Hate Your Job? Stop Complaining And Take Action

Post Your Complain Link: http://www.complains.cf/click-here-to-post-complain/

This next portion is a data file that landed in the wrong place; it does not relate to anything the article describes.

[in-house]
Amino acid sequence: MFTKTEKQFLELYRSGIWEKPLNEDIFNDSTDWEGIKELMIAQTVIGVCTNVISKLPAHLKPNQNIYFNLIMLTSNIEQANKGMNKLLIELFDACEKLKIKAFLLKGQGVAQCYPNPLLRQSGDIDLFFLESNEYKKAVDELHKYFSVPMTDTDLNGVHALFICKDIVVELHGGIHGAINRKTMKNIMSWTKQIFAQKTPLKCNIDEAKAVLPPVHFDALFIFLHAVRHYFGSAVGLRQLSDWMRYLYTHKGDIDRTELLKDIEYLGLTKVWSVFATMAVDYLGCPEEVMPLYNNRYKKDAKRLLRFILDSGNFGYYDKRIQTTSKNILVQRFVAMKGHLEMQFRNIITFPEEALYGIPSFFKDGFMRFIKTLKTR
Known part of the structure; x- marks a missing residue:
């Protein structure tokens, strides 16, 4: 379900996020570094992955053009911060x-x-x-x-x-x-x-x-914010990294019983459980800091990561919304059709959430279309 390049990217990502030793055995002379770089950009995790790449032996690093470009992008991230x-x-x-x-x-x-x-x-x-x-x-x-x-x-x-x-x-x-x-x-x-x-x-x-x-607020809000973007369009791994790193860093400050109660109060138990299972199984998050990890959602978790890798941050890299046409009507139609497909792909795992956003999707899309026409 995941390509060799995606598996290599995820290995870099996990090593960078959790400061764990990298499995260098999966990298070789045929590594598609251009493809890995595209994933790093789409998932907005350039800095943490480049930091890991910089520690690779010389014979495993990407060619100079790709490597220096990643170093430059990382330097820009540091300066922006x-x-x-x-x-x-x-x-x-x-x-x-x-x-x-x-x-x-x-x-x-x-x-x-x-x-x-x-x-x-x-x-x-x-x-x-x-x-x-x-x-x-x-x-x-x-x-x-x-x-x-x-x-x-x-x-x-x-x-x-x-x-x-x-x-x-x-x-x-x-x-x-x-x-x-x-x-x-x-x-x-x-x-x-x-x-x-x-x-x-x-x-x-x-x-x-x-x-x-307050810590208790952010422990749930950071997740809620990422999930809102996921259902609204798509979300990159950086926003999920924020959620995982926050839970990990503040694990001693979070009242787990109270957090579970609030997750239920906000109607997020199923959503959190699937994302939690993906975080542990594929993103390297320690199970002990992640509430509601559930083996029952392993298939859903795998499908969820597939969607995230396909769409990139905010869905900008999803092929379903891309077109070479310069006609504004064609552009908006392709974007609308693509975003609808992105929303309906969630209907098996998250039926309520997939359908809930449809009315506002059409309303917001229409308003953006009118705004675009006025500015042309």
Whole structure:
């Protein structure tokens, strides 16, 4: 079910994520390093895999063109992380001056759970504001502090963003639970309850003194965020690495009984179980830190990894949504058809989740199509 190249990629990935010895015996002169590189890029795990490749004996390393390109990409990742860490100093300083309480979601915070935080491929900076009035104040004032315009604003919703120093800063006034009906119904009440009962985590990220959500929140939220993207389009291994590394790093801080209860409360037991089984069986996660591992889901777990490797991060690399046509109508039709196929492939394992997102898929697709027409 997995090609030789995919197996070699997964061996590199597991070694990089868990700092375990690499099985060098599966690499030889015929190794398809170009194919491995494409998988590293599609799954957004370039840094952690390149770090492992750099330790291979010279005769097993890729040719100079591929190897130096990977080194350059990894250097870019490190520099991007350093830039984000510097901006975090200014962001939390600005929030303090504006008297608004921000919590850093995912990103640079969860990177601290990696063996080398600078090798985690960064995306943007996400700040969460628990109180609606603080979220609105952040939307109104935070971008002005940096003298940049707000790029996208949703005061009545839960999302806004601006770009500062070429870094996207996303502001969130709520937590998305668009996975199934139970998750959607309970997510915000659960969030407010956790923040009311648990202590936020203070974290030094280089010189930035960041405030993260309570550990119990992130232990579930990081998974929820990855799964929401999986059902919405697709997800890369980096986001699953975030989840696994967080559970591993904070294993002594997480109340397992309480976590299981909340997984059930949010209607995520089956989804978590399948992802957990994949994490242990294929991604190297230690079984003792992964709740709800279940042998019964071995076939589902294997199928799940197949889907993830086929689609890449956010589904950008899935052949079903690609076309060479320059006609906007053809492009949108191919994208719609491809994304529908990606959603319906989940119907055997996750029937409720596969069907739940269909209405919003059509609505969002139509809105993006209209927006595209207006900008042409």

<div><img src="https://specials-images.forbesimg.com/imageserve/5e1e5a75a854780006e88caf/960×0.jpg?fit=scale" alt="Frustrated" data-height="3585" data-width="5377"></div><figcaption><p class="color-body light-text"><small>Getty</small></p></figcaption></figure><p>As a career coach, I hear every complaint under the sun as to why someone doesn’t like their job. I also see people get into the rut of constantly complaining about the situation without feeling empowered or responsible to do anything about it. </p><p>But it’s a new decade,&nbsp;and a perfect time to seek new opportunities. According to <a href="https://www.glassdoor.com/index.htm" target="_blank" class="color-link" title="https://www.glassdoor.com/index.htm" rel="nofollow noopener">Glassdoor</a>, in January, there are <a href="https://www.glassdoor.com/research/january-job-search-spike/" target="_blank" class="color-link" title="https://www.glassdoor.com/research/january-job-search-spike/" rel="nofollow noopener">22% more job applications</a> started on their site than in a typical month. Take advantage of a fresh new year to create your own fresh start.</p><p>Below are some tips to help you transform your current career roadblocks into guides for taking action. </p><p><strong>1.&nbsp;&nbsp;&nbsp;&nbsp;Assume abundance vs. limited options</strong>. This is the first thing that needs to be tackled. The mindset that there are no options is the number one reason that people throw their hands up and take on the role of a victim. Though there are definite roadblocks that people face such as geography and experience limitations, we are experiencing a great job market at the moment. Even in tougher times, opportunities exist that go beyond your geography due to the accessibility that online businesses and work from home options that are available.</p><p><strong>2.&nbsp;&nbsp;&nbsp;&nbsp;Look at where job growth and demand are already abundant.</strong> Glassdoor is a great resource to get you thinking about what’s possible. They’ve just released their annual report that reveals the <a href="https://www.glassdoor.com/List/Best-Jobs-in-America-LST_KQ0,20.htm" target="_blank" class="color-link" title="https://www.glassdoor.com/List/Best-Jobs-in-America-LST_KQ0,20.htm" rel="nofollow noopener">50 Best Jobs in America</a>. They’ve researched which jobs based on earning potential, job satisfaction and job openings. It’s a great place to get ideas of where you might want to invest some time and energy. </p><p><strong>3.&nbsp;&nbsp;&nbsp;&nbsp;Align your career choices to your personal purpose.</strong> Though job growth and market trends are insightful of where the job market is going, it shouldn’t solely dictate your career decisions. The clearer you are on what your individual purpose is, the more proactive you can be in building a career that supports that. People who are clear as to how their job supports their individual goals tend to have higher levels of job satisfaction. If I know this job is really about creating time for me to be with my family over rapid growth, then I’ll enjoy a more low-key environment. On the other hand, if I’m all about taking on complex challenges then long hours will feel worthwhile.</p><div class="vestpocket" vest-pocket></div><p><strong>4.&nbsp;&nbsp;&nbsp;&nbsp;Shift to listening for the opportunities and guidance vs. obsessing over your grievances. </strong>If you find yourself hating your job, don’t waste your time complaining. Instead, tune in to what the situation is challenging you to do. Should you be going back to school to set you up to qualify for the job you want? Do you need to speak up and make sure your viewpoint is heard? Do you need to finally take that step you’ve been afraid to take towards your dream but risky career path? This isn’t about falsely sugar coating your situation. It’s about using your experiences as a compass vs. getting sucked into a victim mindset.</p><p><strong>5.&nbsp;&nbsp;&nbsp;&nbsp;Take one step at a time</strong>. Too often, people are waiting for all the pieces of the puzzle to be perfectly clear and understandable. That’s no way to make things happen. Instead, know what steps you can take while you figure things out. You can usually start reaching out to people that may have more information on what you’re looking to do. At the very least, you can start to look up websites, send away for information and read up on companies or jobs that you’re interested in.</p><div id="lightbox-inline-form-43d23829-320f-4ec8-9373-aa3b252dc212"></div>”>Frustrated